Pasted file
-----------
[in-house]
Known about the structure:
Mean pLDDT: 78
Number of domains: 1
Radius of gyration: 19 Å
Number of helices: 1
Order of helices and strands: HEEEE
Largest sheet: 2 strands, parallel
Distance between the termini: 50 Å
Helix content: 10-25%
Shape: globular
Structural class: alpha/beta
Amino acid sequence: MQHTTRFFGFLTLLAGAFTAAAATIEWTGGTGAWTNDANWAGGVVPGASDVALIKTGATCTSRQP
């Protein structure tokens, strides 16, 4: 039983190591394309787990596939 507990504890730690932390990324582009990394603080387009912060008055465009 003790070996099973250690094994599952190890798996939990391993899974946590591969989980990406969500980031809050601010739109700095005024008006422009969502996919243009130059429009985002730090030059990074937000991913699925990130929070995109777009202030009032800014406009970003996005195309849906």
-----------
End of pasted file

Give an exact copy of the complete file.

[in-house]
Known about the structure:
Mean pLDDT: 78
Number of domains: 1
Radius of gyration: 19 Å
Number of helices: 1
Order of helices and strands: HEEEE
Largest sheet: 2 strands, parallel
Distance between the termini: 50 Å
Helix content: 10-25%
Shape: globular
Structural class: alpha/beta
Amino acid sequence: MQHTTRFFGFLTLLAGAFTAAAATIEWTGGTGAWTNDANWAGGVVPGASDVALIKTGATCTSRQP
């Protein structure tokens, strides 16, 4: 039983190591394309787990596939 507990504890730690932390990324582009990394603080387009912060008055465009 003790070996099973250690094994599952190890798996939990391993899974946590591969989980990406969500980031809050601010739109700095005024008006422009969502996919243009130059429009985002730090030059990074937000991913699925990130929070995109777009202030009032800014406009970003996005195309849906």